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It was the way he helped me open that pink Barbie convertible box on Christmas day. The way he showed me his strength, by ripping it apart with his bare hands. He didn’t use a pocketknife; he just ripped open the box like he was ripping a piece of paper. He was so strong. He was so perfect. My superhero, he was my dad. The gift meant so much to me. It wasn’t just a plastic car to put my dolls in; it was a gift from my dad. He picked it out especially for me, and that’s why I stood there with excitement in my eyes.

I didn’t have his eyes actually, or his lips, but I especially didn’t have his nose. He was my dad, but I didn’t have his nose. He raised me, he clothed me, he fed me, but I just couldn’t possibly comprehend why I couldn’t have his nose. This mismatching feature tore me to pieces. I wished he was my biological father, and that tore me to pieces even more. I wasn’t raised to love him; I was born to love him. He is my father.

When I became ten he moved away. No, my parents didn’t get divorced. Well, at least not yet. He got a job that required him to move thousands of miles away. With my sister on the way, my dad had to leave. When he left, things changed. My mom cried all the time, and I had a new sister. My mom was a good mom. Well, she became a good dad too.

When my dad came home about twice a year he would bring gifts. He brought awesome lamps, jewelry, clothes, and so many other things I can’t remember. The first time he came back, he brought me a white gold necklace with a tiger’s eyes marble inside two clasped hands. He was ecstatic to explain to me what it meant, and how it reminded him of me. As he sat there bringing out all the gifts from the foreign countries I remembered the pink Barbie convertible. I wanted him to pull out a pink Barbie convertible. I wanted him to be my superhero again. He didn’t pull out a convertible, just more expensive gifts.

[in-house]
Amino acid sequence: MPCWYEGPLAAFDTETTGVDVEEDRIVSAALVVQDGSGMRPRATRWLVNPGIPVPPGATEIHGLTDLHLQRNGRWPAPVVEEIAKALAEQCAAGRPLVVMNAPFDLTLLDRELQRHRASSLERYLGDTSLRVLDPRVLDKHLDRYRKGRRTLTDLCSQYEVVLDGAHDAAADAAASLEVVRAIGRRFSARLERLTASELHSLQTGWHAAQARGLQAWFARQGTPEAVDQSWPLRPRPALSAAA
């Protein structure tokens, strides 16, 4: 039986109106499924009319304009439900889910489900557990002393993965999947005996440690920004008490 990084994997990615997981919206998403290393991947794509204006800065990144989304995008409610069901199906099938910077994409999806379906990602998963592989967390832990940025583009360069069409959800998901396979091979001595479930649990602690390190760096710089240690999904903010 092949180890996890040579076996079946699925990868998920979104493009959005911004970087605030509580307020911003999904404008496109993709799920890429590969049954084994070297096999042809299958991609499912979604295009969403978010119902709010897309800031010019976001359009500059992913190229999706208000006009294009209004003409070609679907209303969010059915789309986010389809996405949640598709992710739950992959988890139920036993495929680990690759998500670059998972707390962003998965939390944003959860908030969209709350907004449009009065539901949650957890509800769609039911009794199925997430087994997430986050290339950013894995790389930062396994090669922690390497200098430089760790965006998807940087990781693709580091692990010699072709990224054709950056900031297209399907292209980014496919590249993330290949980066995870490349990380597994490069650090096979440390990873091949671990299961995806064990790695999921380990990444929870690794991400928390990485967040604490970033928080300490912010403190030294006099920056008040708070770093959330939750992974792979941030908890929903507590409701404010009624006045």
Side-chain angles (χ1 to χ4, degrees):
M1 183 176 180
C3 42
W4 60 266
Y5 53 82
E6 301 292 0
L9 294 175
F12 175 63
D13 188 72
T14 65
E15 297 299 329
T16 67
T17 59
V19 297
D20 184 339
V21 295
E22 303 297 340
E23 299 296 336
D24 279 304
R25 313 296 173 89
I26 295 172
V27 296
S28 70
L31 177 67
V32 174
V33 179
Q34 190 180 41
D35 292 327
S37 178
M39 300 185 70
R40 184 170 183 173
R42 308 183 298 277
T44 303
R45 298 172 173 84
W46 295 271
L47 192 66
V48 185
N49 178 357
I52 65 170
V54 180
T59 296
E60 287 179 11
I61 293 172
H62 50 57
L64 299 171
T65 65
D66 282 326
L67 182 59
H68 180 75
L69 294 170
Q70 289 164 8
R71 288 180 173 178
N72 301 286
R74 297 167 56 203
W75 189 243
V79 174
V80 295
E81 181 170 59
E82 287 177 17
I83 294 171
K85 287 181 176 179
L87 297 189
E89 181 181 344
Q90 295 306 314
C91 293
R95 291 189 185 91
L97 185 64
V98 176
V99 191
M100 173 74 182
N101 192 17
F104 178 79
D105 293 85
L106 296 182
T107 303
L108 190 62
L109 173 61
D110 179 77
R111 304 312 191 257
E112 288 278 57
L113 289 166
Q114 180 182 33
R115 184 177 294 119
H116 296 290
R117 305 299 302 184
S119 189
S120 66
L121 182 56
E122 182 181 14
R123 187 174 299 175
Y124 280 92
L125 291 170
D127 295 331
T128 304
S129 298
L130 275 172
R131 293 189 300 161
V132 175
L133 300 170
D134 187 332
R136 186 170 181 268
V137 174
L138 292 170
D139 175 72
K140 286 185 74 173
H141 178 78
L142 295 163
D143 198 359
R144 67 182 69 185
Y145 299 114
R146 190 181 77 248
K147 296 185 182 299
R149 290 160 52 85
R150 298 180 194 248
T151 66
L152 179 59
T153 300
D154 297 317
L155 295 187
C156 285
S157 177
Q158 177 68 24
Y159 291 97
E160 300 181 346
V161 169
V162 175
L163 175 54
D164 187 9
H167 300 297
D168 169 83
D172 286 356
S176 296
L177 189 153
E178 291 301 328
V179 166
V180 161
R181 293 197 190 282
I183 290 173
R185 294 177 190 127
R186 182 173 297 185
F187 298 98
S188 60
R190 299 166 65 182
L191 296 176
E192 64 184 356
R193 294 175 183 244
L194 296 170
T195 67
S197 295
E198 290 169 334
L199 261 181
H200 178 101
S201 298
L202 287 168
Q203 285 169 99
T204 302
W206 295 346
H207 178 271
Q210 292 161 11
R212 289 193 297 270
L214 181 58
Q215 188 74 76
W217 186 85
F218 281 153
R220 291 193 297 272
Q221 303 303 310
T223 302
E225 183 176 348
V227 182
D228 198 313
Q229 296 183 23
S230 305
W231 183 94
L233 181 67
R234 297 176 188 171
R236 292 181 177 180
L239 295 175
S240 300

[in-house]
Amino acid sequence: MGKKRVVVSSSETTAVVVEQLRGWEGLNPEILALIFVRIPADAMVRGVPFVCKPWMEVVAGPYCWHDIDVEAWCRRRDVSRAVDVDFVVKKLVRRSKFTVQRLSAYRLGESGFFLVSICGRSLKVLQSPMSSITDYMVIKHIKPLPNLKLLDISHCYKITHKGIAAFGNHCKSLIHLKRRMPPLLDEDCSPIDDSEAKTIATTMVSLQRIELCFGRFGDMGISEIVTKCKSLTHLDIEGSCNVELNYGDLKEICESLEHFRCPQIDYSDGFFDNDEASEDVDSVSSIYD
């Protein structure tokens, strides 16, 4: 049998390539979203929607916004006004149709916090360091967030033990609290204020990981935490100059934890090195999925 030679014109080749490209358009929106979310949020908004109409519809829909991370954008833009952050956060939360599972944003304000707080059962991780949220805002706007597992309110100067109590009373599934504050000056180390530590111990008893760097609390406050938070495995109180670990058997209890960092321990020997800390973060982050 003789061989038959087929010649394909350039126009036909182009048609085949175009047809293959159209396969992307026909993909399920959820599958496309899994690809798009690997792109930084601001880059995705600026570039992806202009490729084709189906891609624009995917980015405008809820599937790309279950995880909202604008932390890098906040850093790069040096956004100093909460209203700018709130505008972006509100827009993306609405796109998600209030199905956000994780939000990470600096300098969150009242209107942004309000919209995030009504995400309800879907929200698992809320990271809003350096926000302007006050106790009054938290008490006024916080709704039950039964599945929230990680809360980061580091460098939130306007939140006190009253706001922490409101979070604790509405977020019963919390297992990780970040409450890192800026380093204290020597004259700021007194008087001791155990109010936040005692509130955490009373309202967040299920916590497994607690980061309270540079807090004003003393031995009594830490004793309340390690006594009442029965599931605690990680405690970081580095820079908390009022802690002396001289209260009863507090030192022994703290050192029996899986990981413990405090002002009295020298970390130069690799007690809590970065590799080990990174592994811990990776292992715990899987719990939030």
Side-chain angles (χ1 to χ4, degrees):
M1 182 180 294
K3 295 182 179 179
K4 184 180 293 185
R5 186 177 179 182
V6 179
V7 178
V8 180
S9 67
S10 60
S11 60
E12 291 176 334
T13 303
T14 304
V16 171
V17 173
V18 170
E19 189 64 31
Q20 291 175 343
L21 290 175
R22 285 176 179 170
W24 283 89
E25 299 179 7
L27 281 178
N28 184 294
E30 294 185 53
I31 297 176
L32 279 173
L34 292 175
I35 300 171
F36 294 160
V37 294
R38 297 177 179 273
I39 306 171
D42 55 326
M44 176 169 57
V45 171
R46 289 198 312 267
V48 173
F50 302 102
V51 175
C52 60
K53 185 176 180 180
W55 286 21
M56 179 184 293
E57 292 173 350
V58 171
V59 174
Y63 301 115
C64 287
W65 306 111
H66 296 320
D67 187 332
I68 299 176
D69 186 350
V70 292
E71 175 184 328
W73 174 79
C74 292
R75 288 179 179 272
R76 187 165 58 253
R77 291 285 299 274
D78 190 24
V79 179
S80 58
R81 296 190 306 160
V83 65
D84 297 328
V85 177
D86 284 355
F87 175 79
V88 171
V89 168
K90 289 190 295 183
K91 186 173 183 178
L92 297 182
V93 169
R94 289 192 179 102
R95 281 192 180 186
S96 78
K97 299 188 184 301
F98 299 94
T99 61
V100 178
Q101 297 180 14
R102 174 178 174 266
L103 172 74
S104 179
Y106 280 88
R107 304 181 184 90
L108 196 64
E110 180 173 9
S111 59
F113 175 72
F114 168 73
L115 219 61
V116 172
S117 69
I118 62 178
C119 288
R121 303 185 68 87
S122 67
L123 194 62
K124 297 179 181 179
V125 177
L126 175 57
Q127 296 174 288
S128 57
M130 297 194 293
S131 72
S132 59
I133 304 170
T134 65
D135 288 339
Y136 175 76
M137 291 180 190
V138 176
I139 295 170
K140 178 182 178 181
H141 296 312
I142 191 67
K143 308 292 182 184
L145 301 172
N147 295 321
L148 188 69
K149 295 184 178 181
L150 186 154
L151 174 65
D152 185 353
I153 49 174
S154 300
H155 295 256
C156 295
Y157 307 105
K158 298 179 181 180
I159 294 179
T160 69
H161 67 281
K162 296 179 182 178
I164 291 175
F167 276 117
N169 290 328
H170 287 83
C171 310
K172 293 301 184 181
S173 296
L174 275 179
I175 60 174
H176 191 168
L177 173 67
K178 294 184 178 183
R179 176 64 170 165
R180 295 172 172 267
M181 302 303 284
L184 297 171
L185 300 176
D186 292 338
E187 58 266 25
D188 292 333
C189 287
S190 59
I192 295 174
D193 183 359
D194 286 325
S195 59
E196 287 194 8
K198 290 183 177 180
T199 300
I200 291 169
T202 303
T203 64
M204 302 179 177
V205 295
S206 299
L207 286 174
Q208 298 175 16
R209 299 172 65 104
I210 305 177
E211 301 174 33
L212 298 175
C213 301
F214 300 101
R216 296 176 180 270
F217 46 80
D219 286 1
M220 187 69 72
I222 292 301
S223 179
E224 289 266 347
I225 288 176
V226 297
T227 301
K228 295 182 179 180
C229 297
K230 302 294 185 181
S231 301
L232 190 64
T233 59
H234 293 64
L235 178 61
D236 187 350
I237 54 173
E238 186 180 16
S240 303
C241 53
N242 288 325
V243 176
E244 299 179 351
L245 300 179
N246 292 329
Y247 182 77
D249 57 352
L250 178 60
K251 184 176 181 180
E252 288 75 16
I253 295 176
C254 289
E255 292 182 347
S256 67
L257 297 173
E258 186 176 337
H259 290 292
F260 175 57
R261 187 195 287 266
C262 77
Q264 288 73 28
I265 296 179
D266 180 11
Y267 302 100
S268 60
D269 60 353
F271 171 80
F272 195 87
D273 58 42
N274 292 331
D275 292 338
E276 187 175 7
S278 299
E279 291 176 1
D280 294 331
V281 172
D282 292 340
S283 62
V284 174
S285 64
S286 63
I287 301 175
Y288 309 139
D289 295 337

As the years passed on, the gifts became a ritual. Gifts didn’t mean birthdays, or Christmas anymore. They took on a whole new meaning. A new gift began to represent the trip he had been on. The longer he was gone, the bigger the gift. In fact, I am writing this with the most recent trip.  It’s probably the longest one yet: Over a year in fact. Did you know a year of heartache could get you a new computer? Don’t get me wrong, I am way past grateful, but I’d hand you this laptop for the last nine years back.

Maybe I’m being too dramatic, or too emotional. Maybe, I just don’t understand. Maybe I’m too young, or maybe I’m just naïve, but when you become accustomed to your little sister crying in her father’s empty bed, come tell me how dramatic I’m being.

I can’t fathom why I got to have the Barbie convertible days, and my sister didn’t. All she’s gotten is two out of nine birthdays with him, and numerous boxes of missed birthday gifts. She’s never met my superhero, and for that, I am saddened.

But he is my father, and he raised me from a million miles away for half of my life, and that’s more than the man who has my nose can say.

It takes a different kind of man to leave his family behind and try to hand them the world. It doesn’t work. I can’t show you numerous pictures of my dad, mostly because I don’t have many. Looking through my pictures, I realized I couldn’t fully complete the pieces of what my words can explain. Maybe that’s why writing has become easy for me. I can’t show you an album of memories, because those are memories I carry in my heart. Oddly enough, I can’t find the picture of him helping me open that Barbie convertible.  I can’t show anybody the look on my face, or the emotion I felt, but then again, I think I just did.


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